Conclusions?

1.If you're looking for a fun angle for your second reading of a film,play it in another language.
2.Sweetening things is no good if it becomes clear that you're more interested in bloodying things up.
3.While I greatly appreciate directorial trademarks,Tony Scott's might be my least favorite.
4.With a single kidnapping,Man on Firehas one more abduction than Taylor Lautner'sAbduction.

Are you keen onMan on Fire,or,for that matter,Team Scott/Washington?Do you speak Spanish?

Friday
Sep 23 2011

Cinema de Gym: 'Megamind'

Editor's Note: In Cinema de Gym,Kurt writes about whichever piece of whichever movie was playing while he cardio'ed.I wish my gym would play movies.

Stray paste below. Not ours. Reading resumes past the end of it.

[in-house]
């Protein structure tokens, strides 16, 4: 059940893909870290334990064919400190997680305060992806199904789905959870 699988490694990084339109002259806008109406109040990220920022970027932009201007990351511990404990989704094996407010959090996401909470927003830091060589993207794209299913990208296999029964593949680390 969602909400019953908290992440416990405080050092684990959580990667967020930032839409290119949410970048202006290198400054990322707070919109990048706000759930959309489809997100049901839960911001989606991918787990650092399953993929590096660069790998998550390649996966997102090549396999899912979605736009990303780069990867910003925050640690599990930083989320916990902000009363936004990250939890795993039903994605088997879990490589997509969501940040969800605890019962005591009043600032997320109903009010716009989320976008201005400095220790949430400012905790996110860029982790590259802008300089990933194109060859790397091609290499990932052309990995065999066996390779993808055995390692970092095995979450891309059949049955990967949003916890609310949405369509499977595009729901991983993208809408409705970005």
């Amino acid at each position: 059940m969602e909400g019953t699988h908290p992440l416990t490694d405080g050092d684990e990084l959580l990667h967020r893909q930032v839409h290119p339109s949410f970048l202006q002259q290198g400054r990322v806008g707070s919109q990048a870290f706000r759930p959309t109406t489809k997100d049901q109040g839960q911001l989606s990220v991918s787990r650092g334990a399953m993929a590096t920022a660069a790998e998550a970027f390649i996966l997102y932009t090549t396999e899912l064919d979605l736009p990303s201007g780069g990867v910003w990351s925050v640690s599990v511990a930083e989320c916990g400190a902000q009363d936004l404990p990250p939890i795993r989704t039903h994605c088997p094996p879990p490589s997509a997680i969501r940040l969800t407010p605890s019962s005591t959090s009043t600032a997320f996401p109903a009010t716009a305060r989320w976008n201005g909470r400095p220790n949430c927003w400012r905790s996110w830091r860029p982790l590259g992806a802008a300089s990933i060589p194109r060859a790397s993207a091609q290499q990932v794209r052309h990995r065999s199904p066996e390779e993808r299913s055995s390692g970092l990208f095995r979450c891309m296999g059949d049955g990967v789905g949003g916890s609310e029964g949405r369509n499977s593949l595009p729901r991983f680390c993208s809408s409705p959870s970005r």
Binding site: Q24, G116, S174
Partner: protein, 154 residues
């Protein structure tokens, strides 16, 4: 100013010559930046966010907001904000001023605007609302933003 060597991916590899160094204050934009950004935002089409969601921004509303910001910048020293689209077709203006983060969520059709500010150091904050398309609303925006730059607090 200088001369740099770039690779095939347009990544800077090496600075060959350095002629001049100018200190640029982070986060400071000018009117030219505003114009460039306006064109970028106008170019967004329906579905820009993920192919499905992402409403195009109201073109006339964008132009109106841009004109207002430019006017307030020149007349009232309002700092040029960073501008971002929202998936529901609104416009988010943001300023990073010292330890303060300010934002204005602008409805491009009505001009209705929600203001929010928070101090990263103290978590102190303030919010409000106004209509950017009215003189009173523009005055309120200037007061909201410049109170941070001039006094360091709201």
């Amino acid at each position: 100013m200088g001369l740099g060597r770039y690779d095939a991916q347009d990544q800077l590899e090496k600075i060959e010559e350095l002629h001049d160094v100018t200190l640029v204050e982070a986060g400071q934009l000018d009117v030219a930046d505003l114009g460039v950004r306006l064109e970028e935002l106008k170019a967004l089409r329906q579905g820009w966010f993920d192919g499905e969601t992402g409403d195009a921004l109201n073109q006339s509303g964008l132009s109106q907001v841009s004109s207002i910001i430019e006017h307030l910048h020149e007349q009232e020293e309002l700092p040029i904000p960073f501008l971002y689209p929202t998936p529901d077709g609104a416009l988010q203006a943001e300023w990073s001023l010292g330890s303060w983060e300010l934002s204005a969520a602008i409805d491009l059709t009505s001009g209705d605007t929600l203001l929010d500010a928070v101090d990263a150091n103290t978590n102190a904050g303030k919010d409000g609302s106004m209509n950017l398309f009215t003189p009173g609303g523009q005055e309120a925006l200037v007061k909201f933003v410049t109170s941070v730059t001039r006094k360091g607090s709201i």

Kurthere with the firstCinema de Gymcolumn to tackle an animated film.Megamindseems to be the lesser of at least two 2010 CG toons to pin the spotlight on the villain instead of the hero (the greater,of course,wasDespicable Me,that darkly random Steve Carrell curio).As the titular swollen-headed baddie,Will Ferrell even has a henchman he refers to as "Minion,"a la those adorable Tic-Tac Oompa-Loompas that Carrell bossed around.Of what I saw,Megamindoffers some cozy glee,with handsome,colorful action setpieces,but it doesn't take long to tell that it's low on the animation totem pole,and unlikeDespicable Me,no worries if it's not on your catch-up list.